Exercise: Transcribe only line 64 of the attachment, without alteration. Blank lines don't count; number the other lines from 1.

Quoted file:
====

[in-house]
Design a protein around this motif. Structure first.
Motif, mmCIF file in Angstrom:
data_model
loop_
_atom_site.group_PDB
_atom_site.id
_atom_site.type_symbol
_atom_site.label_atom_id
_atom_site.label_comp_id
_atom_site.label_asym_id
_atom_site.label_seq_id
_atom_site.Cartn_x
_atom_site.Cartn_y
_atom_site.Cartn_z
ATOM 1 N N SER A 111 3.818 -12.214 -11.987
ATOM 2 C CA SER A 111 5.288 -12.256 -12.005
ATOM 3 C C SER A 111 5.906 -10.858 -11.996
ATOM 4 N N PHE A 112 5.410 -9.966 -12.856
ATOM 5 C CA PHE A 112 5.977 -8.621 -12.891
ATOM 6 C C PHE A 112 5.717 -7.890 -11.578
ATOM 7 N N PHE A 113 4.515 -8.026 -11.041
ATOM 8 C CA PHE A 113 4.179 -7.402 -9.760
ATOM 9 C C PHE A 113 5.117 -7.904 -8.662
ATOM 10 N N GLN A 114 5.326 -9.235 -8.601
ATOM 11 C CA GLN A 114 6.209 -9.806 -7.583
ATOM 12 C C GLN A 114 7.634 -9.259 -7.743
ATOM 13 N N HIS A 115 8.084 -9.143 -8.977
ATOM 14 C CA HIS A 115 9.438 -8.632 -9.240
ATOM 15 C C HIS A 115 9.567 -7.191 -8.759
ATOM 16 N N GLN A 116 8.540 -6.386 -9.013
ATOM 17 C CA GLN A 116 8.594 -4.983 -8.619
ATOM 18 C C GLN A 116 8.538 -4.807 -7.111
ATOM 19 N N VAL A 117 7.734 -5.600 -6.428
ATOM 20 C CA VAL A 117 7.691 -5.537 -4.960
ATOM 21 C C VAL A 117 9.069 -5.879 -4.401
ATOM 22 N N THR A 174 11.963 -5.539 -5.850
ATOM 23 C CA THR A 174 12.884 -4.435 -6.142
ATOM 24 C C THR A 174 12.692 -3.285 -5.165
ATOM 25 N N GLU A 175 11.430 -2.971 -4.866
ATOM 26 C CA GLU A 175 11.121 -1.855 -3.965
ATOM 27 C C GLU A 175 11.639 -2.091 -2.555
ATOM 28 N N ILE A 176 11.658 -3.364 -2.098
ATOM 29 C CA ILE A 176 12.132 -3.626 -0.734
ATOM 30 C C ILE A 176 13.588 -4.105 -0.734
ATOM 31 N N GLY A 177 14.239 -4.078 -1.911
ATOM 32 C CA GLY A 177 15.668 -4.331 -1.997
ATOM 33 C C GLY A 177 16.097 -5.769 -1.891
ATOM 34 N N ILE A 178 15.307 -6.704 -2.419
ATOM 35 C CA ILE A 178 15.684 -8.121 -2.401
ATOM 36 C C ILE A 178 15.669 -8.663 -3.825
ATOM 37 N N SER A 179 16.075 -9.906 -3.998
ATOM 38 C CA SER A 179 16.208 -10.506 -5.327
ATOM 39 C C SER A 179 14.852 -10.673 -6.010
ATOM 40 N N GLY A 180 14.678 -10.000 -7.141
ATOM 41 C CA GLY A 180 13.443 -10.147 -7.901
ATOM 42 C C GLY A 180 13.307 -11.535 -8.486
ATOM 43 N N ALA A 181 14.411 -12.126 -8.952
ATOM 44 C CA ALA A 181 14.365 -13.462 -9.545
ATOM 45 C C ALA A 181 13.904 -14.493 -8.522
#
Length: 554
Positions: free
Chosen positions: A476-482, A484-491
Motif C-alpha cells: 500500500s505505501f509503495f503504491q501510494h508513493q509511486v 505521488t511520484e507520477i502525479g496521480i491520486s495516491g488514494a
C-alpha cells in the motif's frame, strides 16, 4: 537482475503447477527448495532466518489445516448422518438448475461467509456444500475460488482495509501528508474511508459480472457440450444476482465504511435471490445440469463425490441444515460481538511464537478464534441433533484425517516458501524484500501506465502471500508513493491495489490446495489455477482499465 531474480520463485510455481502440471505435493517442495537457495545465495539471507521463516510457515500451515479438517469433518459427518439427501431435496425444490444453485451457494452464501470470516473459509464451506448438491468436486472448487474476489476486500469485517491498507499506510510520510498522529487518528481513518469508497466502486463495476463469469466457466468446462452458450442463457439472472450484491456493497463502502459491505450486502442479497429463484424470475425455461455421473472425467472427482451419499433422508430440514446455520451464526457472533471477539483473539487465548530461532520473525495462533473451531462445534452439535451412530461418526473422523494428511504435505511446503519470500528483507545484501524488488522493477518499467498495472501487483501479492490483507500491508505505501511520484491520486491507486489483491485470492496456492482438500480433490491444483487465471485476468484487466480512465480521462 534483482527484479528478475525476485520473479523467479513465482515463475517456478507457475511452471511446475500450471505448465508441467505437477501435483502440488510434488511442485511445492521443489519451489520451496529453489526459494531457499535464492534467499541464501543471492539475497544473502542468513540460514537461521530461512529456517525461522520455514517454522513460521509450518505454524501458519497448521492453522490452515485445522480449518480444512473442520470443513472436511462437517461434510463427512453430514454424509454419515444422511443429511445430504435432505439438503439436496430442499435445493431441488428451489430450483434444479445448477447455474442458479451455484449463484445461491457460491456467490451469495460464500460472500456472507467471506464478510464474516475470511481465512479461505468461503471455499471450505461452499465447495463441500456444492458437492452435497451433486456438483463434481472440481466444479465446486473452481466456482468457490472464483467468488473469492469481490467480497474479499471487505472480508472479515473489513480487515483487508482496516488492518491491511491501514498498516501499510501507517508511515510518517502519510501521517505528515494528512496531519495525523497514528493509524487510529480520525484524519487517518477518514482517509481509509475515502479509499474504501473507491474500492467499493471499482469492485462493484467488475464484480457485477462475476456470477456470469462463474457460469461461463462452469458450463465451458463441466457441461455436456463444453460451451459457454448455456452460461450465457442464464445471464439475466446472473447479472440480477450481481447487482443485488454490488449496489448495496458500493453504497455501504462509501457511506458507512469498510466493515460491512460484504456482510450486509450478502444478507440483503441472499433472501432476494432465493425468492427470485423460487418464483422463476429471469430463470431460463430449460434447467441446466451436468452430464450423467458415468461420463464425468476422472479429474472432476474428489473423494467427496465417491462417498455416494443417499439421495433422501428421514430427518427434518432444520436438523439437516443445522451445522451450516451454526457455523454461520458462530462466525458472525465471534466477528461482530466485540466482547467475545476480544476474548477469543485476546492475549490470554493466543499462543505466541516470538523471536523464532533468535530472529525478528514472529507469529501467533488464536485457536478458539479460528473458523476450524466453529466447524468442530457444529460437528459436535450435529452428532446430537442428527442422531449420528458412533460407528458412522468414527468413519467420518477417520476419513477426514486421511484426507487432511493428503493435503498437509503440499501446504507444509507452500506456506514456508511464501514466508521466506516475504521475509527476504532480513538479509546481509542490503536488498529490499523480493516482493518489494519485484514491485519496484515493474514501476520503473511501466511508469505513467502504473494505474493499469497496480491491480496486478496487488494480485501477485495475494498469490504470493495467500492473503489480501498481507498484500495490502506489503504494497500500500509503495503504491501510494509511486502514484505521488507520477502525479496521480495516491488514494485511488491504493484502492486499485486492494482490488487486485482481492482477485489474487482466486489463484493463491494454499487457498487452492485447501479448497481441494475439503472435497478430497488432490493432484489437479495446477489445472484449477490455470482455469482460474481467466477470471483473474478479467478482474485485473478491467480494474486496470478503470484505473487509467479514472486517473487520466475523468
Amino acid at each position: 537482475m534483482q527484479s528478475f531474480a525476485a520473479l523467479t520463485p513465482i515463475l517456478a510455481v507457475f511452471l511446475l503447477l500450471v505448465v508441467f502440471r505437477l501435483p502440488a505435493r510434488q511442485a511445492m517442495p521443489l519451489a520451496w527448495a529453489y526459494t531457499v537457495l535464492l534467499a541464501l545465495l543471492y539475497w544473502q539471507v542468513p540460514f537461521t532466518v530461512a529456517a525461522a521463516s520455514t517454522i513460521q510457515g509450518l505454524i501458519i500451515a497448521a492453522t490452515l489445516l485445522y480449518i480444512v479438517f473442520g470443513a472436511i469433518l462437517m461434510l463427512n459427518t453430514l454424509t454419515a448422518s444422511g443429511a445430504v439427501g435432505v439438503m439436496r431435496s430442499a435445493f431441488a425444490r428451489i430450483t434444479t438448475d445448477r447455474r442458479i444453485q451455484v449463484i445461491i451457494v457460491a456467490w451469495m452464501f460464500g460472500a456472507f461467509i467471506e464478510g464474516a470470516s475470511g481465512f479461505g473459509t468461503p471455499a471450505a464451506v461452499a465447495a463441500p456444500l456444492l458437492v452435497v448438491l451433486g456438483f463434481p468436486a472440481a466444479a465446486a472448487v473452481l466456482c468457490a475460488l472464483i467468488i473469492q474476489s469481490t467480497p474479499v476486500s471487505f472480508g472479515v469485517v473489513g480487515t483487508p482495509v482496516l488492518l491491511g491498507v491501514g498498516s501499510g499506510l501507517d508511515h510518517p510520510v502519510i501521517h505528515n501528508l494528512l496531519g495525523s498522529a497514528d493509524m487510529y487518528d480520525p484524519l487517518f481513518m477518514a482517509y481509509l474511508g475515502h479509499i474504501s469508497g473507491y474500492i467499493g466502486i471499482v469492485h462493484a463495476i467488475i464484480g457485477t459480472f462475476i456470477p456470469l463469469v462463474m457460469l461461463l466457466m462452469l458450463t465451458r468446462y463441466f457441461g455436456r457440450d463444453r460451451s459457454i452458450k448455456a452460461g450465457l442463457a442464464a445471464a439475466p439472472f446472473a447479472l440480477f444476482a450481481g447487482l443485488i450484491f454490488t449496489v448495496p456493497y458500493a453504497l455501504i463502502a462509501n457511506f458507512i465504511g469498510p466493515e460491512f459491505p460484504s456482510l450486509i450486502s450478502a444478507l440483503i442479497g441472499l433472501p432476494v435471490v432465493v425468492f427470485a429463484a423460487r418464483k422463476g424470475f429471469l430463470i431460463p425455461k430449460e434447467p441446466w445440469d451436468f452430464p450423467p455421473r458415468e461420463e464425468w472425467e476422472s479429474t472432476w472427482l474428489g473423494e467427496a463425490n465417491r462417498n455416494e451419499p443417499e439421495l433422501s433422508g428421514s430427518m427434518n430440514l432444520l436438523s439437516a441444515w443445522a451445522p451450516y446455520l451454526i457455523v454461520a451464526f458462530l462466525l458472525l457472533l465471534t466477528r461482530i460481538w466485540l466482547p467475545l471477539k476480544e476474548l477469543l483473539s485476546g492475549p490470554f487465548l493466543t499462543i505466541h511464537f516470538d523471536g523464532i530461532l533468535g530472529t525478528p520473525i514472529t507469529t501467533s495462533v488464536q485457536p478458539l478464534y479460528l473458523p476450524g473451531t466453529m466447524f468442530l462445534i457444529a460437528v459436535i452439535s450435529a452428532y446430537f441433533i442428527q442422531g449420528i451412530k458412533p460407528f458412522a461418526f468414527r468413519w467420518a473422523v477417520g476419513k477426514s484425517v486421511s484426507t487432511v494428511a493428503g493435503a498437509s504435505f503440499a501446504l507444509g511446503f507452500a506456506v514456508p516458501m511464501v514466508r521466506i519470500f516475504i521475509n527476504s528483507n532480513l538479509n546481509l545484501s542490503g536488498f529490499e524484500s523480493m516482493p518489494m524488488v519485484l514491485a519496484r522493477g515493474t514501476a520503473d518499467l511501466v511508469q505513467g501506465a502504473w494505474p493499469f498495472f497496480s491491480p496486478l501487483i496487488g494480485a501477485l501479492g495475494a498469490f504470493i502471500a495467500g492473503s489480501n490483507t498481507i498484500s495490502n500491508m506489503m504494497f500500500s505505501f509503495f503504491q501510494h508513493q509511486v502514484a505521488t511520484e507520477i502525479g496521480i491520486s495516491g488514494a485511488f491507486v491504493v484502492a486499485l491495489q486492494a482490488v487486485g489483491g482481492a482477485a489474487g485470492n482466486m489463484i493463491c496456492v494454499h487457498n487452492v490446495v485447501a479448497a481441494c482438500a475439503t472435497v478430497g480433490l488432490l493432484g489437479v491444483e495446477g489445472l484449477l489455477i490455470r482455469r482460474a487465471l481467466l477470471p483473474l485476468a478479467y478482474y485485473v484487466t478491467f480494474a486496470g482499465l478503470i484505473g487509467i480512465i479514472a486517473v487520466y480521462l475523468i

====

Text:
Chosen positions: A476-482, A484-491